0-lead ECG budget cutbacks
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0-lead ECGs budget cutbacks
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BOSTON, MA – Hospital administrators are under increased pressure to make ends meet, and the latest series of budget cutbacks at Massachusetts Lieutenant General Hospital (MLGH) has explained a recent spike in the number of 0-lead ECGs on the charts.

“The 230-lead ECG and the 12-lead ECG are things of the past at this hospital,” said frustrated cardiologist Dr. Amy Schlesinger, showing us several samples of these suboptimal ECGs.  “As you can see, when you focus on finances and completely disregard Einthoven’s triangle, you get this.”  Schlesinger gestures towards a blank electrocardiogram.  “F**king useless.”

Health care professionals are baffled by the cost-saving measures, wondering if ECGs are truly the economic drain on hospital systems.  They’re also wondering if we’re going this route why not get rid of ECGs altogether and at least make some savings by getting rid of ECG paper.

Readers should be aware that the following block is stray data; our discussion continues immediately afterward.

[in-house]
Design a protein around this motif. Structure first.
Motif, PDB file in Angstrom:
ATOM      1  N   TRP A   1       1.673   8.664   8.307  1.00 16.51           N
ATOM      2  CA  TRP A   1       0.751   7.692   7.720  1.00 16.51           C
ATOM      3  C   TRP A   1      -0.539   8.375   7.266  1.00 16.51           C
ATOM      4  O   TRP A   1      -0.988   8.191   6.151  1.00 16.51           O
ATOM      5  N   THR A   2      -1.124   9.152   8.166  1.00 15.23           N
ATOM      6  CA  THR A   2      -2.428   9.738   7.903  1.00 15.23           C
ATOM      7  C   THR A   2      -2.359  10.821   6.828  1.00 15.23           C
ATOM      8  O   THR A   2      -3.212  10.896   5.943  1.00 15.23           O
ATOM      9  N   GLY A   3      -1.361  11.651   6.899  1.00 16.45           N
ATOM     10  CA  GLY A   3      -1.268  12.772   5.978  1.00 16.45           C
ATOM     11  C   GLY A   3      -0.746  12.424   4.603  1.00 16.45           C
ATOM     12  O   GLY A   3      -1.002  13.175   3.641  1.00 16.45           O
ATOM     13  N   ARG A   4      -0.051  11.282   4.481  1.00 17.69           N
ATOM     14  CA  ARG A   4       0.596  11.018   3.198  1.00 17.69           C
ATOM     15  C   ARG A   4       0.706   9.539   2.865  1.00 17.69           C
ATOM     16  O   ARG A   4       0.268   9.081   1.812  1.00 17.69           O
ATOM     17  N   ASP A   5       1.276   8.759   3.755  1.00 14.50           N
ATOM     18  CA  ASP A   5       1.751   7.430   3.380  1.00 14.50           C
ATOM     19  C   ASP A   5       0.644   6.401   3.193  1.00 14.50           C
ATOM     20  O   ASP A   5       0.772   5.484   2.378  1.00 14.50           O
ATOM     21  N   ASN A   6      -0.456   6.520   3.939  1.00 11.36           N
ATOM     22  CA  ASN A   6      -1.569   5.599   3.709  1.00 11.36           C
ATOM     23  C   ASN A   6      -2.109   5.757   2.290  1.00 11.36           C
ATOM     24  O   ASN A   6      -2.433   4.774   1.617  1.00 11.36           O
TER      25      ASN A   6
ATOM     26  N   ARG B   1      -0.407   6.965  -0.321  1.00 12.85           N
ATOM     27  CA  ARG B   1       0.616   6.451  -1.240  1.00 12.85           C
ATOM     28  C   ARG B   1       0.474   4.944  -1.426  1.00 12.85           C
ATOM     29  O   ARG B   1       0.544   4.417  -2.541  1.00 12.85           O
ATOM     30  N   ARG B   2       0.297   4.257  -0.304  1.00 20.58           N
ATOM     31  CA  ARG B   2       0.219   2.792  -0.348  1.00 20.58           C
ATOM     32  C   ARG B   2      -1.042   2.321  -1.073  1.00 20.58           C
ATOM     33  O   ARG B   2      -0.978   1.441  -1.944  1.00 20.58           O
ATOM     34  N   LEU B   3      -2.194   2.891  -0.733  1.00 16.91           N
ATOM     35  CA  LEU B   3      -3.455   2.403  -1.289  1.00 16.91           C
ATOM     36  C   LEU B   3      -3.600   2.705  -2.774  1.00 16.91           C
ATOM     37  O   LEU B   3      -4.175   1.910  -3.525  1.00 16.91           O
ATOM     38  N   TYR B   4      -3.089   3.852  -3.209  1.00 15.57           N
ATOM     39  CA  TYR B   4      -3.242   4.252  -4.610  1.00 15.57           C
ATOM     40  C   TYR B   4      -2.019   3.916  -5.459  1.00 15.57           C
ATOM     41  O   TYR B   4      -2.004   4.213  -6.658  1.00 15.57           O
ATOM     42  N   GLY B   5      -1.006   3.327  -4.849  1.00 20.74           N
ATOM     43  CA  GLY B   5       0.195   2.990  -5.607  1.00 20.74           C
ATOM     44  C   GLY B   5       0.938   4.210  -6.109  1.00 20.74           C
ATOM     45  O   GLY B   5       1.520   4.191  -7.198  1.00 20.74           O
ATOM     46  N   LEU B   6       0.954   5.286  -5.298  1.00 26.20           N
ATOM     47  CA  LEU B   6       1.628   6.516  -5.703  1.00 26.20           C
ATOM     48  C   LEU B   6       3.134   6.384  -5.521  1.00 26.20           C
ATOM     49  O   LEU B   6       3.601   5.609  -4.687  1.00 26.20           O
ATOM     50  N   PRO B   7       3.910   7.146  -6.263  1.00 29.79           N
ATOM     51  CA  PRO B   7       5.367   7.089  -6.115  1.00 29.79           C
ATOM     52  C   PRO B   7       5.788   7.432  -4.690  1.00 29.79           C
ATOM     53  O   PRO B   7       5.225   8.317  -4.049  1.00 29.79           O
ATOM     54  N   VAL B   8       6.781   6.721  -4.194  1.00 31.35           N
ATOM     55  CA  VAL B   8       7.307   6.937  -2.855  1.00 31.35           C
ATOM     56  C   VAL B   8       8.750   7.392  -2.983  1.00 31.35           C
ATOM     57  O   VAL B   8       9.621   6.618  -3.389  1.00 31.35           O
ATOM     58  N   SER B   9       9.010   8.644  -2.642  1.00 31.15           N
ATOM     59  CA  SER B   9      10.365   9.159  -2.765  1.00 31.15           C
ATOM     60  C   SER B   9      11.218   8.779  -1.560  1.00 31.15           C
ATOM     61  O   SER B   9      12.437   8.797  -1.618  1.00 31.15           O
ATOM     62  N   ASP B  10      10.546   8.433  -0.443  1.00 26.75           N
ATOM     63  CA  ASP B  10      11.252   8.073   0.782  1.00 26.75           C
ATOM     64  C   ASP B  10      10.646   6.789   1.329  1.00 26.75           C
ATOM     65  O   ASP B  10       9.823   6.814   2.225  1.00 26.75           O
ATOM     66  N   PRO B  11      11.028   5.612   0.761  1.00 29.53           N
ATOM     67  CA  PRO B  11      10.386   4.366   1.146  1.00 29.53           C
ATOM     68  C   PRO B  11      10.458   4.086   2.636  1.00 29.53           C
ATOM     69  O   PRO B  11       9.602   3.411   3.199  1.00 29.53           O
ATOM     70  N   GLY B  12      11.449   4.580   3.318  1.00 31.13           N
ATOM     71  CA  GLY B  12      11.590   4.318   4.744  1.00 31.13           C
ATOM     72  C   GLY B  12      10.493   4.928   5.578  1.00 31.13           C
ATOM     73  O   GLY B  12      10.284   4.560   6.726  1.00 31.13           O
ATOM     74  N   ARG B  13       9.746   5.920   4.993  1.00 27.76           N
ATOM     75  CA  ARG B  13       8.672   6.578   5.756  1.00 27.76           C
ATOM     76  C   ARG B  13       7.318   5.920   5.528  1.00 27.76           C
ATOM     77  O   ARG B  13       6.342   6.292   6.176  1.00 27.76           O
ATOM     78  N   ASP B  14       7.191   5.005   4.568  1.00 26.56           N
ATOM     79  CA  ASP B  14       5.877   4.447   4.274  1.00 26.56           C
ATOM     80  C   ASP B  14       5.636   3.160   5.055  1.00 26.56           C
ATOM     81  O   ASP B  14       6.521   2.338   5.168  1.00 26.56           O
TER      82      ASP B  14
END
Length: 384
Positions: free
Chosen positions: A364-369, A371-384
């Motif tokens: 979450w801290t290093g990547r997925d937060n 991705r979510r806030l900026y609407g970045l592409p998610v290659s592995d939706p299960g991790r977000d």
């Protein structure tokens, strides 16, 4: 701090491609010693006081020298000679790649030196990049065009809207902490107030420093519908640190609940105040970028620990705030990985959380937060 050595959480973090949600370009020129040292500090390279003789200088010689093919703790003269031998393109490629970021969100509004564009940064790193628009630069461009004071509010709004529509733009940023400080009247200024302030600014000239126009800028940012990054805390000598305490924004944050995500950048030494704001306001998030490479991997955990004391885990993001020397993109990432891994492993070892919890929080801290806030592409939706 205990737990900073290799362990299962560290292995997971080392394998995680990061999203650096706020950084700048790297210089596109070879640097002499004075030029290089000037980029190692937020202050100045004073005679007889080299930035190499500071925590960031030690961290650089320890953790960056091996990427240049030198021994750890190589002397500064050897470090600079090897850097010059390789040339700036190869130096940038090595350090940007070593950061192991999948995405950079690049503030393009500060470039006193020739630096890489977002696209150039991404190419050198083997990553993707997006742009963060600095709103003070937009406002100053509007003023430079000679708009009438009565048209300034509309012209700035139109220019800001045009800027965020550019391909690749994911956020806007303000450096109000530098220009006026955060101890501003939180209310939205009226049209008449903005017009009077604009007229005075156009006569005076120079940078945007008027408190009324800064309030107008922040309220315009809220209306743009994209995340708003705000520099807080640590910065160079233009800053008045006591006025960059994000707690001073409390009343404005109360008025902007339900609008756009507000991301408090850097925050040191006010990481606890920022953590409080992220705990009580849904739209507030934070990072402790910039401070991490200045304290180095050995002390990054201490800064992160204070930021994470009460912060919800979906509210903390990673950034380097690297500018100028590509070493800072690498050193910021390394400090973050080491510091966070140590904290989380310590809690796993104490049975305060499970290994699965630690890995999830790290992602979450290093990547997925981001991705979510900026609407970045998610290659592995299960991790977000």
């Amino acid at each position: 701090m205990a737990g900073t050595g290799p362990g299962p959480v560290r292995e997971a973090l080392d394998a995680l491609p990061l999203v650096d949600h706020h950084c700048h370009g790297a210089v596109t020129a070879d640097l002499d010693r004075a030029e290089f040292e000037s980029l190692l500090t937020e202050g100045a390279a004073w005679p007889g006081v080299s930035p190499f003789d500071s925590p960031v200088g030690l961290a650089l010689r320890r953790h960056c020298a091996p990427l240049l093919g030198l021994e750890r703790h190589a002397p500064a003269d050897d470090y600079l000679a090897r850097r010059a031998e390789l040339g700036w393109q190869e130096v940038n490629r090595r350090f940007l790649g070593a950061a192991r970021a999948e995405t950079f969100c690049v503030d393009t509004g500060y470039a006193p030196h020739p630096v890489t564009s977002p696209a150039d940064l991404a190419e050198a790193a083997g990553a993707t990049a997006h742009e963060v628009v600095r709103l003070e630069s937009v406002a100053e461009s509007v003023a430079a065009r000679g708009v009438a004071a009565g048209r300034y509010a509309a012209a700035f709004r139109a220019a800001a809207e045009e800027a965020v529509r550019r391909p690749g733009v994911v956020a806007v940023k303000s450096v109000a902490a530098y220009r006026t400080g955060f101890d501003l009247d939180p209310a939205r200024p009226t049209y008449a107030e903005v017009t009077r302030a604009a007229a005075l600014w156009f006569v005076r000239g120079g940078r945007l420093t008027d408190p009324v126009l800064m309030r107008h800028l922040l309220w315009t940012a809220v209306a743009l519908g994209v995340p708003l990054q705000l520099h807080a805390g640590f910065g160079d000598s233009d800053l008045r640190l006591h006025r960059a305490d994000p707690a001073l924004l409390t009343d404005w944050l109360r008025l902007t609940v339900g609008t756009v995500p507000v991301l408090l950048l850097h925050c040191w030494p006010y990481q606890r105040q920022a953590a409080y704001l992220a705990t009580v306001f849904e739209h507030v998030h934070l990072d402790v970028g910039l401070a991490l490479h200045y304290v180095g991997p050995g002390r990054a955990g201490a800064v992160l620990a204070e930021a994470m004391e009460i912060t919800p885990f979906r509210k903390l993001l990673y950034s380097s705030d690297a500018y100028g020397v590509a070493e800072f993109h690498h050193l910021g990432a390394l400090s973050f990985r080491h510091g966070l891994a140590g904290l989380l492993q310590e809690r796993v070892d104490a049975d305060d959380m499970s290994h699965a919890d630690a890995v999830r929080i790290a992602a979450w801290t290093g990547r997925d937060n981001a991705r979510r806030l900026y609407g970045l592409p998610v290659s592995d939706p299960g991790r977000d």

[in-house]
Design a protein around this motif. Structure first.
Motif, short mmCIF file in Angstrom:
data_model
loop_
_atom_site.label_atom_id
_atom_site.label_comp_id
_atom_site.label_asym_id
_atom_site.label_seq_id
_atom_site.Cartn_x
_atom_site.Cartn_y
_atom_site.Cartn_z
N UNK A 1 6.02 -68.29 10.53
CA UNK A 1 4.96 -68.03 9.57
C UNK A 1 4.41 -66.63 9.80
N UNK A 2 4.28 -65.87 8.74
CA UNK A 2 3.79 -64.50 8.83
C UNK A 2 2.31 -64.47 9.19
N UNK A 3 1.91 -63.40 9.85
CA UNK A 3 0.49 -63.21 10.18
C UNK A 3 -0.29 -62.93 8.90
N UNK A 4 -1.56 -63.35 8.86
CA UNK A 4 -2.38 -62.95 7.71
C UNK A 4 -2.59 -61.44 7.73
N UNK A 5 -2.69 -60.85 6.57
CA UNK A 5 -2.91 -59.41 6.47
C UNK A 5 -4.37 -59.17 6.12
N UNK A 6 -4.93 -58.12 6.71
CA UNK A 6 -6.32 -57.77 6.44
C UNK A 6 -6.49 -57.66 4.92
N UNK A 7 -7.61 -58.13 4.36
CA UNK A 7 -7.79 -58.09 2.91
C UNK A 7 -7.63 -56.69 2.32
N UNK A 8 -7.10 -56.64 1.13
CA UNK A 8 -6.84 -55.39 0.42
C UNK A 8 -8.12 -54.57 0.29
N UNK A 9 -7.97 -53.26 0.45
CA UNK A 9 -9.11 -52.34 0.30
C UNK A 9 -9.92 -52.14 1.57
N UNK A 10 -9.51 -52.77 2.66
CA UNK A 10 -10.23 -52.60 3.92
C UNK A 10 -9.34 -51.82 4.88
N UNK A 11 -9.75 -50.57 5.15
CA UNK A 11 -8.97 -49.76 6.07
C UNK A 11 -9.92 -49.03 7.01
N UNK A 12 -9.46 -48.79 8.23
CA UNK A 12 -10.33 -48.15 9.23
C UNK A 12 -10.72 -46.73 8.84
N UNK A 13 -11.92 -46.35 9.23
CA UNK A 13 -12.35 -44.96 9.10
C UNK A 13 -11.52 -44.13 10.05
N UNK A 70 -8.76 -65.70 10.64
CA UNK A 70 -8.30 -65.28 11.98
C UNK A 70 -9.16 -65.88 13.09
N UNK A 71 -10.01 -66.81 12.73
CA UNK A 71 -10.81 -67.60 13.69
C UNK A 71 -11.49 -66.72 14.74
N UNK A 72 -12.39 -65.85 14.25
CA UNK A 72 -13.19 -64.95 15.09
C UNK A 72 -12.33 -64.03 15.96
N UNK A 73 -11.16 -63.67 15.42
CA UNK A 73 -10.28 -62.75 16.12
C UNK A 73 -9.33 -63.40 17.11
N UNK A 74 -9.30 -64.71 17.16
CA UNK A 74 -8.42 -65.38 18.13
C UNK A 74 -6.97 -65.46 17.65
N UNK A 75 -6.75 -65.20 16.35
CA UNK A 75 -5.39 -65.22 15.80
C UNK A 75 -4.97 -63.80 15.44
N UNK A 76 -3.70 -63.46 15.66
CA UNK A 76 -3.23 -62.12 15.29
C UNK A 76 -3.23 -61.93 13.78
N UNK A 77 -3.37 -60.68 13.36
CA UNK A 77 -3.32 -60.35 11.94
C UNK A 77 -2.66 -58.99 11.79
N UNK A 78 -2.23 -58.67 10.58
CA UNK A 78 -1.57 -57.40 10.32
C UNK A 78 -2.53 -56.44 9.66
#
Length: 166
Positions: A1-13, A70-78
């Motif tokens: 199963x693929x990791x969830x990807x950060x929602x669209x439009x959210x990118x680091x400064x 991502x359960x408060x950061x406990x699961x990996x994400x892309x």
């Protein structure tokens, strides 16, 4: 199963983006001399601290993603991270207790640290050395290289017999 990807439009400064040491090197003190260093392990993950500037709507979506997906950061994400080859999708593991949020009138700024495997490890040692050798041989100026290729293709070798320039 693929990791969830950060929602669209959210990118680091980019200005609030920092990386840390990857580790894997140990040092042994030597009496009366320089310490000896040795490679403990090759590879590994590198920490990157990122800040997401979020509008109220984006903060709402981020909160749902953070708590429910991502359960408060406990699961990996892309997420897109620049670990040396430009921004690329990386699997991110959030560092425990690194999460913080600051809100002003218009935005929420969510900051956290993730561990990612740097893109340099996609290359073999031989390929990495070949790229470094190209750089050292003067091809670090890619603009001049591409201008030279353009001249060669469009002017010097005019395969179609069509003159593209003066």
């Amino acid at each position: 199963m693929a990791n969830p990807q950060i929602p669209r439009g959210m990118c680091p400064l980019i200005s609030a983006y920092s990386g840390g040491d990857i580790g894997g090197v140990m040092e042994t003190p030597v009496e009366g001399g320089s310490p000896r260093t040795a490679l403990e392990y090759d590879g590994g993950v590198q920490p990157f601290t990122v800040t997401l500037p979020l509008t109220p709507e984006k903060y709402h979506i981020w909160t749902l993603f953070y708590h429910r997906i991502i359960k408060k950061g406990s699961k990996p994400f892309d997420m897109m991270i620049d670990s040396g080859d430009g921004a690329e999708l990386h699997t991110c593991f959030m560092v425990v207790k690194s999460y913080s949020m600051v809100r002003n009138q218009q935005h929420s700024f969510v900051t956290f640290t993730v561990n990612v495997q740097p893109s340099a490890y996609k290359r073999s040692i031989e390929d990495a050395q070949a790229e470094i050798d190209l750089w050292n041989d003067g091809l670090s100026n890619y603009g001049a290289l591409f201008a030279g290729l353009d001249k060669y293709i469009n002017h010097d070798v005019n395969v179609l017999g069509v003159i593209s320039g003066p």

“Yeah, we asked our administrators that,” explained Schlesinger, who rolled her eyes so far into the back of her head that only the whites of her eyes and her optic nerves were showing.  “They said something about providers being so coddled and finding ECG leads to be completely extraneous.  There you have it: 0-lead ECGs.”

It remains unclear why the Division of Cardiology was the first to be targeted in the latest cycle of streamlining at MGLH.  Next week, more headaches are expected to develop as the C-suite looks to promote ultrasoundless echocardiograms, stressless stress tests, and “blind” cardiac catheterizations.

“What the hell is the point of a cath if we’re not allowed to use dye or image anything?!”  Schlesinger was foaming at the mouth.  Sadly, she couldn’t wipe her mouth as paper towels also fell victim to the trimming of the fat.

Other divisions within the hospital are nervous, unsure who might be next.  In the meantime, pulmonologists and gastroenterologists expect their scopes to be downgraded to flashlights, surgical subspecialties prepare to get used to operating by candlelight, and hospitalists and nurses began practicing how to chart with squid ink and papyrus.

“These are dark days ahead,” Schlesinger muttered.

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